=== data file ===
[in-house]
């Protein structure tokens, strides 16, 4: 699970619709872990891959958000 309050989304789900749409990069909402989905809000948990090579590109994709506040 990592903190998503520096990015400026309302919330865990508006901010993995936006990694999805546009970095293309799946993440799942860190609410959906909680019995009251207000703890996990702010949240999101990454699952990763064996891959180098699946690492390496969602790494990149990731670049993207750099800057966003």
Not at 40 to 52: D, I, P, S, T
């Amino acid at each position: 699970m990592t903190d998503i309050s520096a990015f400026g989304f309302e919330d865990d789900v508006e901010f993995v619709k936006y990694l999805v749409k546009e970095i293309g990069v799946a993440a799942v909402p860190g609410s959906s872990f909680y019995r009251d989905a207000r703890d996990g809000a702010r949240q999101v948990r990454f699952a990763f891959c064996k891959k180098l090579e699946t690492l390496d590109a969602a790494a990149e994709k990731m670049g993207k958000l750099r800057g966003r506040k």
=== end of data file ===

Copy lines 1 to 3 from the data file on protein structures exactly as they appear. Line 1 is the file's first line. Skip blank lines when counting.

[in-house]
């Protein structure tokens, strides 16, 4: 699970619709872990891959958000 309050989304789900749409990069909402989905809000948990090579590109994709506040 990592903190998503520096990015400026309302919330865990508006901010993995936006990694999805546009970095293309799946993440799942860190609410959906909680019995009251207000703890996990702010949240999101990454699952990763064996891959180098699946690492390496969602790494990149990731670049993207750099800057966003």
Not at 40 to 52: D, I, P, S, T